Yesterday, ISIS confirmed that a hostage they'd held since August 2013 was dead. Kayla Mueller, a 26-year-old from Arizona, is being mourned by her family and the public, and her death is rightfully strengthening the world's determination to confront and stop ISIS. But I want to focus on Kayla and the life choices she made. In her short life, she stands as a beautiful alternative to the small, self-absorbed way we so often live.
From yesterday's CNN article: "In high school and at college, she campaigned against international atrocities. After graduating from college in 2009, the Arizona native traveled to northern India, the Palestinian territories and Israel to assist humanitarian groups, her family said. She then went to Syria to help people whose lives had been torn apart by war, especially children."
William Wilberforce, the fiery member of British Parliament who led the movement to abolish slavery in 18th/19th Century England, said: “If to be feelingly alive to the sufferings of my fellow-creatures is to be a fanatic, I am one of the most incurable fanatics ever permitted to be at large.” Kayla was that kind of fanatic: "feelingly alive to the sufferings of her fellow creatures." And that aliveness to the sufferings of others led her to do things that most American twentysomethings view as strange--but which Kayla undertook with joy.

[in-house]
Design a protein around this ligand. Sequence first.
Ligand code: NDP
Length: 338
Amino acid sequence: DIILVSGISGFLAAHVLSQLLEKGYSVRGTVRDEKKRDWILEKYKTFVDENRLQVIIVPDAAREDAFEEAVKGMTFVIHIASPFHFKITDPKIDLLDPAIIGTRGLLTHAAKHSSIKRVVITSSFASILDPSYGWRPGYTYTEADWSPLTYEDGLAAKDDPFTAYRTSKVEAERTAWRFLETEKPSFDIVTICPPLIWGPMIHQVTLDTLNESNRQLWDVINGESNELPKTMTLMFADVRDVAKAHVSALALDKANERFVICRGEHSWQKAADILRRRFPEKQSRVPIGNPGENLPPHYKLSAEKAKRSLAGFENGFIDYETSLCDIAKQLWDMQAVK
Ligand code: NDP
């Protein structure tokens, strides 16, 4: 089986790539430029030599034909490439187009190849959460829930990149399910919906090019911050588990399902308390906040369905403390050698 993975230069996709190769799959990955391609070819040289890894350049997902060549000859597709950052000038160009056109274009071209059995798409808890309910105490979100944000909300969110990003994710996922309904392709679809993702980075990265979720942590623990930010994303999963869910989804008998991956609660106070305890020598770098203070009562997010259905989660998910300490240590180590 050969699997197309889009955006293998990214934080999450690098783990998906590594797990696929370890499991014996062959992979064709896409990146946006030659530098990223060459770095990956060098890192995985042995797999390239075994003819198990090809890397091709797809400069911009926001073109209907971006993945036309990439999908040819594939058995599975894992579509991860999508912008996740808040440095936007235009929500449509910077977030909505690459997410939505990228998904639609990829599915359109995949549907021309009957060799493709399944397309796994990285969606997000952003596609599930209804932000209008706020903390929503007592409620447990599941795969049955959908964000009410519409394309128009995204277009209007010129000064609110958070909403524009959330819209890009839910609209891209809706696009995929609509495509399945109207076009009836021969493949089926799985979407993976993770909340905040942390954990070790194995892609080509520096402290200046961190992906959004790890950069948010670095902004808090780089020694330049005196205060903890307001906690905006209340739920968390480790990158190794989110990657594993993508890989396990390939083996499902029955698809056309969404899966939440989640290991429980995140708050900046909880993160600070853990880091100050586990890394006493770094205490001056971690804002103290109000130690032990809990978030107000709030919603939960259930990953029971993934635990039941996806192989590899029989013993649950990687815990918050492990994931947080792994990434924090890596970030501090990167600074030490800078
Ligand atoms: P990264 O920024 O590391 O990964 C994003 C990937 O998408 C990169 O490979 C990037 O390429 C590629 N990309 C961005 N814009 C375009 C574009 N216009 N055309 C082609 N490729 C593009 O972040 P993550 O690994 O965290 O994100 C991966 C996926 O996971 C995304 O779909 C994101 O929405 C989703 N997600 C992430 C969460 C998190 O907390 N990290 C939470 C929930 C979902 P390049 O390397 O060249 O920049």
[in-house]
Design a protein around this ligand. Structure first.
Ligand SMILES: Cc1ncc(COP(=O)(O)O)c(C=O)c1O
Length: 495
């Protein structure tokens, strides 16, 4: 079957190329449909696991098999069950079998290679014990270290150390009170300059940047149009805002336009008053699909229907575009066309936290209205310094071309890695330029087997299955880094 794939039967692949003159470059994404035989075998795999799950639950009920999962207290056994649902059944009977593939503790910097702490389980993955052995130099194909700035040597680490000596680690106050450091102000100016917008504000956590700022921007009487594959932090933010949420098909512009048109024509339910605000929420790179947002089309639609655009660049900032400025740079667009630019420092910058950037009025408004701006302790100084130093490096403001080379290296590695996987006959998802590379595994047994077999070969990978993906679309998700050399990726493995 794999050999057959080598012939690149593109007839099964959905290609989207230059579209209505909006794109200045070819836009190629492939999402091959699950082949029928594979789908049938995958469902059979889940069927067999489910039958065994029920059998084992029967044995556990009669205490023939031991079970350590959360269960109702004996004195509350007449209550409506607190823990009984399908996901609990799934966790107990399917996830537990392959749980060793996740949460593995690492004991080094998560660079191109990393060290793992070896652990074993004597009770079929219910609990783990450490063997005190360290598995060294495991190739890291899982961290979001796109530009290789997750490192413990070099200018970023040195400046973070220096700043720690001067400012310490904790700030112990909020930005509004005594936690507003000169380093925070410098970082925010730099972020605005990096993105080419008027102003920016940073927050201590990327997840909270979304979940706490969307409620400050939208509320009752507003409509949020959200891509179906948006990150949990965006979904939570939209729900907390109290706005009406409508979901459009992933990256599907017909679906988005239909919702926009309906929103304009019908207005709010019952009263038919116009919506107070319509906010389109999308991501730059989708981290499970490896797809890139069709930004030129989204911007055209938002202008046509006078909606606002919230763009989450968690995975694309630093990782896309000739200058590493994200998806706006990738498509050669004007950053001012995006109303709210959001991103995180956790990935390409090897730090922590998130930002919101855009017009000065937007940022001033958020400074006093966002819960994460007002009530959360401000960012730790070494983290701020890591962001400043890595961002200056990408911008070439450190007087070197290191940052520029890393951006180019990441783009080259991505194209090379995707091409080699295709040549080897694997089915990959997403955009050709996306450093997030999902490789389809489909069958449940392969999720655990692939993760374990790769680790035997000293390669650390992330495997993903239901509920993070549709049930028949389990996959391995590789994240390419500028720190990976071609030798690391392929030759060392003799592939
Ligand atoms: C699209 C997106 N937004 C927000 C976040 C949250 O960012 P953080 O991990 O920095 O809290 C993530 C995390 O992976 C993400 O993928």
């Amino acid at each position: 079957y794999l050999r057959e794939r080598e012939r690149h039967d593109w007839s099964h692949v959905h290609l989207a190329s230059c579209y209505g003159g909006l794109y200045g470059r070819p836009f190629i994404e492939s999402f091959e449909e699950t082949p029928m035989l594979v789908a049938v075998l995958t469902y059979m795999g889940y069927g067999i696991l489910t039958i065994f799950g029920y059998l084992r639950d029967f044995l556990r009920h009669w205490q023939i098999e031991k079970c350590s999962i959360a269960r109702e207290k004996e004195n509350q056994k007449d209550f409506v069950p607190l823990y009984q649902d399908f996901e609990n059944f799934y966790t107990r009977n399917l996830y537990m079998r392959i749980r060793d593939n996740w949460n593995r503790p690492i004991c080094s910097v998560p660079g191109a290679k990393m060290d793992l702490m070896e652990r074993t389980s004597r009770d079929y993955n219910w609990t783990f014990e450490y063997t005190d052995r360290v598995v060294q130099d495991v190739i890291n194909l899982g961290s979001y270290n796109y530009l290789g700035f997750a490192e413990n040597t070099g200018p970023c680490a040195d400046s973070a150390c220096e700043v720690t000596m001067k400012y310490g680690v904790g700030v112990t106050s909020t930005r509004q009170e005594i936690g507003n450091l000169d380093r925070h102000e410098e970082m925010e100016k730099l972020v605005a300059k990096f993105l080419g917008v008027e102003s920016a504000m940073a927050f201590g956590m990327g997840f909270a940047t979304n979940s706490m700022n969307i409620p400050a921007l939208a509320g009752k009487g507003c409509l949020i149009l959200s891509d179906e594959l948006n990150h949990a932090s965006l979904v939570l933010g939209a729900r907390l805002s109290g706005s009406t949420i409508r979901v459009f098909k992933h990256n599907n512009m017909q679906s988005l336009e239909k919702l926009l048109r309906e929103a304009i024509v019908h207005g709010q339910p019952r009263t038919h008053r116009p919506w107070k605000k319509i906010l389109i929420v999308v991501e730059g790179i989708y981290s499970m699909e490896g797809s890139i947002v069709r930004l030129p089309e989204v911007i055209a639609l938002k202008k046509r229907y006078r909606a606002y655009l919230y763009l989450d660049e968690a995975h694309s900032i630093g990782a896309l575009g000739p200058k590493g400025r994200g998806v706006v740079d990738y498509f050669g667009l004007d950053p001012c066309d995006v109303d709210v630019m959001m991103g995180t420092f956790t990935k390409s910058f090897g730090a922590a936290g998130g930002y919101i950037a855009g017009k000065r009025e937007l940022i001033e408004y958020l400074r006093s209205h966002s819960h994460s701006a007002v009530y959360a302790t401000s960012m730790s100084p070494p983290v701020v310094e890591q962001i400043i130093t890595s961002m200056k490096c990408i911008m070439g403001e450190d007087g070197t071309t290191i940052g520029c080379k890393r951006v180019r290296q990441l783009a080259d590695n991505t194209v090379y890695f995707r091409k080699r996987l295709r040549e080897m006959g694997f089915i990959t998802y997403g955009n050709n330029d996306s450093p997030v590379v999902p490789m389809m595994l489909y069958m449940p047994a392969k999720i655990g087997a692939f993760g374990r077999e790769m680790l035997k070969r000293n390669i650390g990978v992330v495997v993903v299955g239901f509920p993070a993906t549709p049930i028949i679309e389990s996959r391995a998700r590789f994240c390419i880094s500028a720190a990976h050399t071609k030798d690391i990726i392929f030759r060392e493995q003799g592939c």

This is very much how Jesus lived, and calls us to live. I'm not sure about Kayla's spiritual beliefs. Although she refers to God a few times in her correspondence, I haven't seen any specifics. But her attitude and actions toward the oppressed and vulnerable were unmistakably Christ-like. In a world enamored with power and wealth, Jesus developed a reputation as an advocate for the poor, sick, and marginalized. He taught that the reality of our faith would be demonstrated most clearly by how we treated the hungry, sick and imprisoned. And Kayla's decision to live that way proves that it can be done. It's unfashionable, exhilarating, rewarding, and sometimes extremely dangerous... but it can be done.
This week, I'll be making decisions. Just like I do every week. Decisions about how to use my time and money; decisions about what things I'll admire and celebrate and excitedly post and tweet and tell my kids about at dinner time. I have a finite amount of energy, and I'll be deciding whether to spend it on something self-absorbed--like another run at P90X to get ready for beach season--or something bigger. And Kayla Mueller's life has been like a slap across my face, re-awakening me to the reality that we don't have to settle for small lives. Many of my fellow creatures are suffering under injustice right now. And by God's grace, I can choose to do something about it.
Thank you, Kayla.